Syria's first responders have the 'most dangerous job in the world'
The "White Helmets" are part fire, part EMS and work in an active war zone
By Associated Press
BEIRUT — It took Mahmoud Fadlallah and the team of seven rescue workers 30 minutes to reach the middle-aged couple trapped beneath the rubble of their apartment building in the contested Syrian city of Aleppo. They had been notified a rocket had struck the building, and they had to wait for the debris to fall and the dust to settle.
"We called out: 'We are the Civil Defense, is anyone able to hear us?'" Fadlallah said of the rescue operation earlier this summer. "They were on the first floor, with four floors above them, but they were protected by the ceiling, which had collapsed at a slant."
It was routine work for the 3,000-strong Syrian Civil Defense, which mounts search-and-rescue operations under the unforgiving atmosphere of war in the shattered country's opposition areas, and whose supporters have nominated its first responders for the 2016 Nobel Peace Prize.
Their rescuers were among those who pulled 5-year-old Omran Daqneesh and his family from the rubble of their apartment building Wednesday night. A photo of little Omran, sitting alone in an ambulance, confused and covered in debris and blood, has become the haunting image of the battle for Aleppo.
The group's global following, which includes dozens of Syrian civil society groups operating in opposition areas as well as international organizations, says the Civil Defense rescuers — known as the White Helmets for their trademark headgear — is engaged in "the most dangerous job in the world."
"People are dying, and we run toward death," said Fadlallah, whose team was able to rescue the trapped couple in June and also pulled four corpses from the rubble, including one whose limbs had been blown off by the force of the blast. He has since lost two of his colleagues from that rescue mission.
Rescue workers are targeted with such regularity by government forces that they have come up with a name for the tactic: "double tap" attacks.
After an initial strike, government warplanes circle around and hit the target a second time, or lay siege to the area with overwhelming artillery fire.
It was in such circumstances that Fadlallah lost a teammate last week. Khaled Omran Harrah had earlier captured international media attention for his dramatic 2014 rescue of a 10-day-old infant trapped in rubble for 16 hours.
Harrah was on the job again last week, called along with Fadlallah and five other White Helmet rescuers to the scene of a blast. The men were working to extract a survivor from the rubble when they came under second attack.
"They must have seen us coming, and they started striking us with a tank, mortars, and airstrikes," Fadlallah said.
The group cowered in a building that could not provide enough cover, and Harrah was killed. Five others, including Fadlallah sustained shrapnel wounds. They were stuck for two hours, and the man they came to rescue died.
The next day was a scheduled day off for Fadlallah. He returned to his duties for a standard 24-hour shift the day after that, his wounds still unhealed.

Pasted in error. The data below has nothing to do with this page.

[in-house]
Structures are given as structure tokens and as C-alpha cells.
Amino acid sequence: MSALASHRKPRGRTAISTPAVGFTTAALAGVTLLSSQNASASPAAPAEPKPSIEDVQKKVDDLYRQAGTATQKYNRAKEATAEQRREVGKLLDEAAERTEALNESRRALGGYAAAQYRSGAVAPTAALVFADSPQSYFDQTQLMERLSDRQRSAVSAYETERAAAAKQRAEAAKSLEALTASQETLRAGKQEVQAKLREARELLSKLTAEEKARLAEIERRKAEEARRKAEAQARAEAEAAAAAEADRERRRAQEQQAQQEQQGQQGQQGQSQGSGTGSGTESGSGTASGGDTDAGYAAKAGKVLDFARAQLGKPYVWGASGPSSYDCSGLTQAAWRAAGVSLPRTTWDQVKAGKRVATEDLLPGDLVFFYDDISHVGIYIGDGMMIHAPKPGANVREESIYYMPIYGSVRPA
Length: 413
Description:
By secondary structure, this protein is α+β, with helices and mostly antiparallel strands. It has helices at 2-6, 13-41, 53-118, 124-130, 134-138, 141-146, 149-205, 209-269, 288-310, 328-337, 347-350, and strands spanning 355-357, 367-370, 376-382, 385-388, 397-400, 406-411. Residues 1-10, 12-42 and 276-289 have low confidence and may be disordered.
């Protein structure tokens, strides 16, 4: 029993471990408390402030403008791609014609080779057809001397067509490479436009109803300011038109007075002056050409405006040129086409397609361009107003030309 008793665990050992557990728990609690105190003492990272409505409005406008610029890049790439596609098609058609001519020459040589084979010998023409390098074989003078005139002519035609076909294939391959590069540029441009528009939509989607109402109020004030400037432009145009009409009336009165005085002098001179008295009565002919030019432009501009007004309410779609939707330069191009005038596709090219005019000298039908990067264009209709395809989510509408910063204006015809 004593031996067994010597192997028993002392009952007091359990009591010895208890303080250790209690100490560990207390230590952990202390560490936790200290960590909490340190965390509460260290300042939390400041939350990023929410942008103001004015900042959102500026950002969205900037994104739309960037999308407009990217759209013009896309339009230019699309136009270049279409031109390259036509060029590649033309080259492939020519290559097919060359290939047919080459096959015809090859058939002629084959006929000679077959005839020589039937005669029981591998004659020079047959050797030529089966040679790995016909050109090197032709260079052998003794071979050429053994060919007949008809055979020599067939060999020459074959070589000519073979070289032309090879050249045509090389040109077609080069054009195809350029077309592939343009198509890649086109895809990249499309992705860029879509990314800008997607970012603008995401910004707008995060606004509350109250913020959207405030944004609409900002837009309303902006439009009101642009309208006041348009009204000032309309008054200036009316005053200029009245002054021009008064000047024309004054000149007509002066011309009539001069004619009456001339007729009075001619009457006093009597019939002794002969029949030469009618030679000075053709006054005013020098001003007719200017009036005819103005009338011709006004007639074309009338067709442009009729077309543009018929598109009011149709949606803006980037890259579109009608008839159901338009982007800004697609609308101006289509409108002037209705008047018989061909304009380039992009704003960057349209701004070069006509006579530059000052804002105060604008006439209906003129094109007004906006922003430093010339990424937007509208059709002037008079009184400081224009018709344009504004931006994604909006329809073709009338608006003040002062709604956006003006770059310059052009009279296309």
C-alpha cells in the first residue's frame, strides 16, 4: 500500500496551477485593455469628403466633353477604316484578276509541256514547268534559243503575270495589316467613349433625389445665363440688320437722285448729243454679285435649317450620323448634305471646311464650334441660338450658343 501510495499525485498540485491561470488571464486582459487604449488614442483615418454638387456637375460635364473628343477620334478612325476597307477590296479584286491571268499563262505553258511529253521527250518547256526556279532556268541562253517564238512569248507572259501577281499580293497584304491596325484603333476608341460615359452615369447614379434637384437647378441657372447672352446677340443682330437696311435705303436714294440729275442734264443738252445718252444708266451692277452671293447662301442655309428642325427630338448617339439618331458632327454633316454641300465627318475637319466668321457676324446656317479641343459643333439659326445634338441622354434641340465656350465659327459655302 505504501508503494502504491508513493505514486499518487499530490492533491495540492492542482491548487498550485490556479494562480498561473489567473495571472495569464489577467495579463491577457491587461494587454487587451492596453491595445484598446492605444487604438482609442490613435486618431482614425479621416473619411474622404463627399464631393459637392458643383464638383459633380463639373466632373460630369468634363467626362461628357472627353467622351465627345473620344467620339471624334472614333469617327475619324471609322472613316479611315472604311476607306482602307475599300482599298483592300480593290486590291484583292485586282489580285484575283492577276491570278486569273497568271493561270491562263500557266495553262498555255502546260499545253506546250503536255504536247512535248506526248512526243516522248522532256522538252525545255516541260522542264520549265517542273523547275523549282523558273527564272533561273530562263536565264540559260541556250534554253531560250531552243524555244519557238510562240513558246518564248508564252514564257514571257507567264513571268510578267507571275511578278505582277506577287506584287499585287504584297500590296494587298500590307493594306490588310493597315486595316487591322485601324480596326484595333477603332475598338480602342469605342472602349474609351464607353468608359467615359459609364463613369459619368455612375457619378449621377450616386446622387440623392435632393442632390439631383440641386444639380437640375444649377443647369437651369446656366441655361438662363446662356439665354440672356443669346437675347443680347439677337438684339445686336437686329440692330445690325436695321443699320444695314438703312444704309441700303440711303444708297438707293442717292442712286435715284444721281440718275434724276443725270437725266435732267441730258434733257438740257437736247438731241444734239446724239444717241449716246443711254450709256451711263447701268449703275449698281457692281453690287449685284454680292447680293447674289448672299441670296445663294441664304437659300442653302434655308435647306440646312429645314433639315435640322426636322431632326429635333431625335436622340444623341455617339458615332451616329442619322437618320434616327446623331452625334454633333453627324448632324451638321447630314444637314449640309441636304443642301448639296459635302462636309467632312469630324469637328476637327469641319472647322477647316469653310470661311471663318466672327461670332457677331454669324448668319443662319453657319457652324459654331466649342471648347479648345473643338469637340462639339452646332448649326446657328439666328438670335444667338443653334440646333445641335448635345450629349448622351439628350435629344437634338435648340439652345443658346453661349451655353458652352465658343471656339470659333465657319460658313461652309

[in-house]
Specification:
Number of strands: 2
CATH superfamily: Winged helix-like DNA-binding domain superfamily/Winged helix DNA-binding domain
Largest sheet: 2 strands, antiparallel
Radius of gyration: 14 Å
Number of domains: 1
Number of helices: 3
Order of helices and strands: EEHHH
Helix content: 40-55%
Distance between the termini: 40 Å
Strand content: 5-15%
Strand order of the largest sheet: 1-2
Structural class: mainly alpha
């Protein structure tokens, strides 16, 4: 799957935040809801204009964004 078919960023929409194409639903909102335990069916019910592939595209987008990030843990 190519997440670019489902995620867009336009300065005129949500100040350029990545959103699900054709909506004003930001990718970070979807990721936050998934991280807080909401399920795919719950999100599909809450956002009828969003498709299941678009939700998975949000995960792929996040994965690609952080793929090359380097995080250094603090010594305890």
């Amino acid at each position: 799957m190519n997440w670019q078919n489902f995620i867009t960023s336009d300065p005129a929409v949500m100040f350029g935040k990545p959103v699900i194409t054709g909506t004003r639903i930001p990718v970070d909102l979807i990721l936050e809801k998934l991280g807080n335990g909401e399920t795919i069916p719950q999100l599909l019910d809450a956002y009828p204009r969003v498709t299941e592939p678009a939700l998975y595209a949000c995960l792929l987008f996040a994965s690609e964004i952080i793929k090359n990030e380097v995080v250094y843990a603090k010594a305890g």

The White Helmets have lost 134 rescuers in the line of duty, says director Raed Saleh, while participating in rescues the group says saved 60,000 lives. The figures could not be independently verified.
Government sympathizers accuse the group of aiding "terrorists," a catch-all term the government uses to describe its armed opponents.
Such associations are inevitable, however, in the Syria war, where after more than five years of fighting practically all sides have been fingered for war crimes. In many opposition-held areas where the White Helmets operate, they come under the jurisdiction of unsavory rebel factions, including the al-Qaida-linked Jabhat Fatah al-Sham in northwestern Idlib province. But civilians — 1.5 million by the pre-war population estimate — live there, too.
The White Helmets grew out of networks of volunteer first responderswho were rescuing victims from government shelling and bombardment in opposition areas.
Since 2013, the group has grown to operate 119 centers across Syria, receiving substantial organizational support from Mayday Rescue, a Turkey-based NGO that grew alongside the White Helmets to organize training and deliver equipment to the first responders.
Against the backdrop of the stalemated Syrian war, the group's international following says it's time it receives the recognition it deserves.
"Honoring a group of brave, and for the most part, anonymous humanitarians represents the true values of the Nobel Peace Prize," said Wendy Chamberlain, president of the Washington-based Middle East Institute, who nominated the group to the Nobel committee, which will announce its selection in October.
Saleh says winning the Peace Prize would be a "morale boost," though greater priorities loom.
"Whether or not we win, we call for an end to the killing of civilians through indiscriminate attacks in any area in Syria," he said.
Politicians around the world have praised the group's courage. Still, Saleh was denied entry to the United States to receive a humanitarian award in April, an incident supporters blame on a social media smear campaign connecting the group to al-Qaida.
After that incident, the U.S. State Department said the U.S. government provides, through USAID, $23 million in aid to the White Helmets.
Fadlallah was a construction worker before the war, but now nearly every able-bodied Syrian has become a rescuer. The White Helmets come from diverse walks of life; there are among them carpenters, students, lawyers, and doctors.
"God watches over us," Fadlallah said. "And the best organization there is, is the Civil Defense."